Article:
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Valentine v. Nix

United States District Court, D. South Carolina

November 1, 2018

Johnny S. Valentine, II, #339124, Plaintiff,
Cpt. Marvin Nix; Lt. Kristy Leopard; Nurse Dolly Carver; and Rick Clarck, Defendants.


          Shiva V. Hodges United States Magistrate Judge

         Johnny S. Valentine, II (“Plaintiff”), proceeding pro se and in forma pauperis, filed this complaint against Captain Marvin Nix, Lieutenant Kristy Leopard, Nurse Dolly Carver, and Rick Clarck (collectively “Defendants”), alleging a violation of constitutional rights. Pursuant to the provisions of 28 U.S.C. § 636(b)(1)(B) and Local Civ. Rule 73.02(B)(2)(e) (D.S.C.), the undersigned is authorized to review such complaints for relief and submit findings and recommendations to the district judge.

         I. Factual and Procedural Background

         Plaintiff filed this complaint concerning the conditions of his confinement at the Pickens County Detention Center from June to September 2018. [ECF No. 1 at 5]. Plaintiff claims: (a) he was held in substandard living conditions, (b) the building was in disrepair, (c) the facility lacked cleanliness, clean uniforms and linens, pest control, proper medical care and proper medical housing, (d) he suffered untreated medical conditions, (e) the facility maintained unsafe and unsanitary food practices, (f) improperly staffed areas led to unsafe environments, (g) a denial of due process, and (h) improper new arrival processing. Id. at 6. Plaintiff alleges he was forced to sleep on a dirty floor due to an insufficient number of beds, and he claims the food was often raw, undercooked, sour, and not edible. Id. Plaintiff also alleges daily brutal and severe beatings by other inmates, sick call requests that were rarely answered, and a lack of dental care. Id. Plaintiff also claims inmates were forced to stand in the sun for several hours. Id. Plaintiff requests monetary damages. Id.

         II. Discussion

         A. Standard of Review

         Plaintiff filed his complaint pursuant to 28 U.S.C. § 1915, which permits an indigent litigant to commence an action in federal court without prepaying the administrative costs of proceeding with the lawsuit. To protect against possible abuses of this privilege, the statute allows a district court to dismiss a case upon a finding that the action fails to state a claim on which relief may be granted or is frivolous or malicious. 28 U.S.C. § 1915(e)(2)(B)(i), (ii). A finding of frivolity can be made where the complaint lacks an arguable basis either in law or in fact. Denton v. Hernandez, 504 U.S. 25, 31 (1992). A claim based on a meritless legal theory may be dismissed sua sponte under 28 U.S.C. § 1915(e)(2)(B). See Neitzke v. Williams, 490 U.S. 319, 327 (1989).

         Pro se complaints are held to a less stringent standard than those drafted by attorneys. Gordon v. Leeke, 574 F.2d 1147, 1151 (4th Cir. 1978). A federal court is charged with liberally construing a complaint filed by a pro se litigant to allow the development of a potentially meritorious case. Erickson v. Pardus, 551 U.S. 89, 94 (2007). In evaluating a pro se complaint, the plaintiff's allegations are assumed to be true. Fine v. City of N.Y., 529 F.2d 70, 74 (2d Cir. 1975). The mandated liberal construction afforded to pro se pleadings means that if the court can reasonably read the pleadings to state a valid claim on which the plaintiff could prevail, it should do so. Nevertheless, the requirement of liberal construction does not mean that the court can ignore a clear failure in the pleading to allege facts that set forth a claim currently cognizable in a federal district court. Weller v. Dep't of Soc. Servs., 901 F.2d 387, 390-91 (4th Cir. 1990).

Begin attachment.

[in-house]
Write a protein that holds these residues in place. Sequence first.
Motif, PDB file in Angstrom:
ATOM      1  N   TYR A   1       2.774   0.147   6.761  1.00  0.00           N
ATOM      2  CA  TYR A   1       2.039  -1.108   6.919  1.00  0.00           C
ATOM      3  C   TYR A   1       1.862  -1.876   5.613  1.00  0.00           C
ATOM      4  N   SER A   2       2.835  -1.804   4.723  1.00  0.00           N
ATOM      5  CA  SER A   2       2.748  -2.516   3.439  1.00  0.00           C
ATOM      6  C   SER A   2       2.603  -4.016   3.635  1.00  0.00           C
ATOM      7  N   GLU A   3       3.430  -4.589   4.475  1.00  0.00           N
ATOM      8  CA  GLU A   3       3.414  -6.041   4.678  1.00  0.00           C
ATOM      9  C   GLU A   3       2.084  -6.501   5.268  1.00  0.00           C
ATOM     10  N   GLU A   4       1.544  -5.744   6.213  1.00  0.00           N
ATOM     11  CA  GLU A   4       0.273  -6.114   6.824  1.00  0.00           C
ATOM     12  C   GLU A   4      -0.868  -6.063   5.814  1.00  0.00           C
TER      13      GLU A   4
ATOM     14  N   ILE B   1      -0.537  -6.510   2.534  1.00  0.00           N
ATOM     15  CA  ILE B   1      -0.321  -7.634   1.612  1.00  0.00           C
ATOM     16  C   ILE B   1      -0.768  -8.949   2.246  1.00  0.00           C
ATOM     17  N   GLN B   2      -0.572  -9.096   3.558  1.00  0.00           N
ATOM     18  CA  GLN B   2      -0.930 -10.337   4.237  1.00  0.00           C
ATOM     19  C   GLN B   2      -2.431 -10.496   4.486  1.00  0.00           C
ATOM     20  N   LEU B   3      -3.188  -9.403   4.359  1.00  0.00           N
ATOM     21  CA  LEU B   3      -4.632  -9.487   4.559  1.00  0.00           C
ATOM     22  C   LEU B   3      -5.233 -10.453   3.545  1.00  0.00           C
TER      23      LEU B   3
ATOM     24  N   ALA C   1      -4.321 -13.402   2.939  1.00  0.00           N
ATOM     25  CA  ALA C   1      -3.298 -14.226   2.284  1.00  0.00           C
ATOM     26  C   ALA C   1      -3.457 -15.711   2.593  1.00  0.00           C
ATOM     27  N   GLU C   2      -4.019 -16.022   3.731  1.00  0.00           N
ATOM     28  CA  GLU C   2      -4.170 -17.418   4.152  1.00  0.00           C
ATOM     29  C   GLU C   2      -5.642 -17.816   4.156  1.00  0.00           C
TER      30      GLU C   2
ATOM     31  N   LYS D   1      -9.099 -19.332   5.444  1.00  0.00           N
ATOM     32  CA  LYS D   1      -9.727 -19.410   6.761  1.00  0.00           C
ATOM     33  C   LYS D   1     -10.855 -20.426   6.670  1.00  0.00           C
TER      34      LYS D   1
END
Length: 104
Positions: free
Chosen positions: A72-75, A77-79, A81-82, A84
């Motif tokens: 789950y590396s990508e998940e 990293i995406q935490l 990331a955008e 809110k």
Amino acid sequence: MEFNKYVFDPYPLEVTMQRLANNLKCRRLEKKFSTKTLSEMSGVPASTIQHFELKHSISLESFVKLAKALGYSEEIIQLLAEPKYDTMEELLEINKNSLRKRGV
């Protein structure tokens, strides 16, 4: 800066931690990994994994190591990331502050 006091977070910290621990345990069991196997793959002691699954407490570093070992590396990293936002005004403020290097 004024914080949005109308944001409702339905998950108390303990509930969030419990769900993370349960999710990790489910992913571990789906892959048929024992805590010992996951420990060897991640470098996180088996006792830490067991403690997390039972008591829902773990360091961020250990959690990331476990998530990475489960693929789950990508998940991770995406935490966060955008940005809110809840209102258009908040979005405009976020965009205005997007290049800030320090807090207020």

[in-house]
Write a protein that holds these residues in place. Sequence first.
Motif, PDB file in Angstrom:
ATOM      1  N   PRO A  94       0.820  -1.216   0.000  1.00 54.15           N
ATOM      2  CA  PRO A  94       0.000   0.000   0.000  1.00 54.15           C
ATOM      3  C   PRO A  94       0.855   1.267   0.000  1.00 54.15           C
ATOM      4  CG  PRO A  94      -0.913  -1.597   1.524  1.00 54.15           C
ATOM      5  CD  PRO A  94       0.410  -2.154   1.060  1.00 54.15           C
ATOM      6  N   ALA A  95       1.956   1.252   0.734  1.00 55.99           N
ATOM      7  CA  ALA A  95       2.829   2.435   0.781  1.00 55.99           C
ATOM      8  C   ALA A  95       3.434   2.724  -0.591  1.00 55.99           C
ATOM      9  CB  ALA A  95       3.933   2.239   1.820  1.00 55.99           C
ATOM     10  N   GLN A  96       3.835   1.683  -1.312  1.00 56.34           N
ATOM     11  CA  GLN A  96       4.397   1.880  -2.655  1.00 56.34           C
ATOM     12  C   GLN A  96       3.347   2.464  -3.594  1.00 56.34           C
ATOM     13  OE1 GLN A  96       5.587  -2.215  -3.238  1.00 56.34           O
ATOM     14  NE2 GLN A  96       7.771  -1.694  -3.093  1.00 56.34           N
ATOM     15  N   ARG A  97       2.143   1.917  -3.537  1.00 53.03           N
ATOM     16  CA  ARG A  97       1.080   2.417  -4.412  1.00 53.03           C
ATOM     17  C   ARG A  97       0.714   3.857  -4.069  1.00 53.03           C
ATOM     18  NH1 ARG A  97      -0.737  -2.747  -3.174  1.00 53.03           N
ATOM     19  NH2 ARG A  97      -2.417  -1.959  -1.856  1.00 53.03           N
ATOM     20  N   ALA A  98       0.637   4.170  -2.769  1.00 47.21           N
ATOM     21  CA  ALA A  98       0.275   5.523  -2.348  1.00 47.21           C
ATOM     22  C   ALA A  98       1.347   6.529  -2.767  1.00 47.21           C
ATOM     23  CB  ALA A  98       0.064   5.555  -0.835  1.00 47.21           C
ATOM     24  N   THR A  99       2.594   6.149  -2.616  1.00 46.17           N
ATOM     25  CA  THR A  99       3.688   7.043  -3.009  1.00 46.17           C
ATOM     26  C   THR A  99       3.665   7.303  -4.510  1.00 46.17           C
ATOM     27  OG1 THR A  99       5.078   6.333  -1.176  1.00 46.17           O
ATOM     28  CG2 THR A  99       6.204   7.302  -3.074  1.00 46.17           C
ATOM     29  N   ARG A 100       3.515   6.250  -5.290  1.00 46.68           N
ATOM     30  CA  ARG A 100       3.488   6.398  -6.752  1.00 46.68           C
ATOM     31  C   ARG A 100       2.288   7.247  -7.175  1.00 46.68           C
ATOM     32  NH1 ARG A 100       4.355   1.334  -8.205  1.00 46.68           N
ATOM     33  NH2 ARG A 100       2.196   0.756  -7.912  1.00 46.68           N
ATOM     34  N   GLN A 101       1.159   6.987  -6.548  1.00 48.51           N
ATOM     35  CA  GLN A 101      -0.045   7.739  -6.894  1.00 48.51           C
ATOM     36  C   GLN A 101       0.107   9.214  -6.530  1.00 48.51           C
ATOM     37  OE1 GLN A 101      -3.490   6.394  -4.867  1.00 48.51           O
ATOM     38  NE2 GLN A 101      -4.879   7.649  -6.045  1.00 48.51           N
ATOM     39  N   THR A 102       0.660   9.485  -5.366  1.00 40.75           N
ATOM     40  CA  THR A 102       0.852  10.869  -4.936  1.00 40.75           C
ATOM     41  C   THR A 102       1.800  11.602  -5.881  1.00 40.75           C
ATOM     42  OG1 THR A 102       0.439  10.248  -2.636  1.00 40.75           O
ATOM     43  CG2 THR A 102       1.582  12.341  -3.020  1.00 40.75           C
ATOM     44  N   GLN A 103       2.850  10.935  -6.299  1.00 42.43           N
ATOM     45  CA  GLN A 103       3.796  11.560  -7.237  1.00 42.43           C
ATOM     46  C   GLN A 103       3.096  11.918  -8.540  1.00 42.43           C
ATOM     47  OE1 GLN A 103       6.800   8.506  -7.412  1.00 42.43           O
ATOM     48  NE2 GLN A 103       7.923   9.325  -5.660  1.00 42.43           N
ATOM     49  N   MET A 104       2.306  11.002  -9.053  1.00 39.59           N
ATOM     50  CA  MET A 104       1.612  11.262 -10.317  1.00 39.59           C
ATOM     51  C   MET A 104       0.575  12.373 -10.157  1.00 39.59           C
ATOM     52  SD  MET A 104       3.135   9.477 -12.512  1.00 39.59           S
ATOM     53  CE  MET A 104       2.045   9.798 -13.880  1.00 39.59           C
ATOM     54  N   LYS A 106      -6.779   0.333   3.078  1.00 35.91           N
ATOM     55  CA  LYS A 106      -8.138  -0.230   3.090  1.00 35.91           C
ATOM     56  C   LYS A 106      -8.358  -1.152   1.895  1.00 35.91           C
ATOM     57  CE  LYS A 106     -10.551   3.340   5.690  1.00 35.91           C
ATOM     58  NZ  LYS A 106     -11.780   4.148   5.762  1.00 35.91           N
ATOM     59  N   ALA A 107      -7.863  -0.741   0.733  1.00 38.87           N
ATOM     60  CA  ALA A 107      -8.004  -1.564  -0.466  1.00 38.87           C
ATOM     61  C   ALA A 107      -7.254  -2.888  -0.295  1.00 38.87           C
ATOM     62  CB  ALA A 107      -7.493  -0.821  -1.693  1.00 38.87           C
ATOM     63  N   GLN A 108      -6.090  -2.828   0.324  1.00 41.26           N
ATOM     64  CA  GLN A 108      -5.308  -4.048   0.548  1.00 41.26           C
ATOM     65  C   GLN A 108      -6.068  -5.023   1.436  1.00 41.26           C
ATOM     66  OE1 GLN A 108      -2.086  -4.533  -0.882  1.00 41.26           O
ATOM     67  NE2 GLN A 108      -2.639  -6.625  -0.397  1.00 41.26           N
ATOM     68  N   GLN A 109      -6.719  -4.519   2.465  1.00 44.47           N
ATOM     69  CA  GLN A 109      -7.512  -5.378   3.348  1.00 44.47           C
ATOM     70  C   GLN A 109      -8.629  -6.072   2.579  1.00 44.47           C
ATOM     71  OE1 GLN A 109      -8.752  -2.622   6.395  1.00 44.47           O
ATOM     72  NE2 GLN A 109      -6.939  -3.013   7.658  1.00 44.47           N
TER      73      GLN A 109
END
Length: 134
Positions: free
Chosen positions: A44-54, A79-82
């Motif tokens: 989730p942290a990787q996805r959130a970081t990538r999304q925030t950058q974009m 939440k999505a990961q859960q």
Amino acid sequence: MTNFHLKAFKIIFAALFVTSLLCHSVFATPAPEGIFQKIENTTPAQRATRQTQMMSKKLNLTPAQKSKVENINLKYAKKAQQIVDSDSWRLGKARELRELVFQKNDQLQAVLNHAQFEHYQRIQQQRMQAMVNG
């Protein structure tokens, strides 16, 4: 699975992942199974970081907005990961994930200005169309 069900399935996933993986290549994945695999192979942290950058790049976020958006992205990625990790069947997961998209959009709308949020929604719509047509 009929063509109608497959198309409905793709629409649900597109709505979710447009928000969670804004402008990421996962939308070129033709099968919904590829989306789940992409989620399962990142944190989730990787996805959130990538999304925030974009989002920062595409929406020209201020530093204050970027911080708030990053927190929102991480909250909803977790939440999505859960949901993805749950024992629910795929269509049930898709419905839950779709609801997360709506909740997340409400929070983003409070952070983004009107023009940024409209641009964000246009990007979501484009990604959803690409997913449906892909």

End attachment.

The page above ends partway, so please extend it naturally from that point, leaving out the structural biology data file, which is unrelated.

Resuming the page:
B. Analysis

         A complaint must contain “a short and plain statement of the claim showing that the pleader is entitled to relief.” Fed.R.Civ.P. 8(a)(2). Although the court must liberally construe a pro se complaint, the United States Supreme Court has made it clear that a plaintiff must do more than make conclusory statements to state a claim. See Ashcroft v. Iqbal, 556 U.S. 662, 677-78 (2009); Bell Atlantic Corp. v. Twombly, 550 U.S. 544, 555 (2007). Rather, the complaint must contain sufficient factual matter, accepted as true, to state a claim that is plausible on its face, and the reviewing court need only accept as true the complaint's factual allegations, not its legal conclusions. Iqbal, 556 U.S. at 678-79.

         Plaintiff's complaint does not contain any factual allegations of constitutional wrongdoing or discriminatory actions attributable to Defendants. Accordingly, Plaintiff's civil rights claim should be summarily dismissed. See Leer v. Murphy, 844 F.2d 628 (9th Cir. 1988) (noting “[s]weeping conclusory allegations against a prison official will not suffice”; an inmate must set forth specific facts as to each individual defendant's participation).


         Plaintiff may attempt to correct the defects in his complaint by filing an amended complaint by November 15, 2018, along with any appropriate service documents. Plaintiff is reminded that an amended complaint replaces the original complaint and should be complete in itself. See Young v. City of Mount Ranier, 238 F.3d 567, 572 (4th Cir. 2001) (“As a general rule, an amended pleading ordinarily supersedes the original and renders it of no legal effect.”) (citation and internal quotation marks omitted). If Plaintiff files an amended complaint, the undersigned will conduct screening of the amended complaint pursuant to 28 U.S.C. § 1915A. If Plaintiff fails to file an ...

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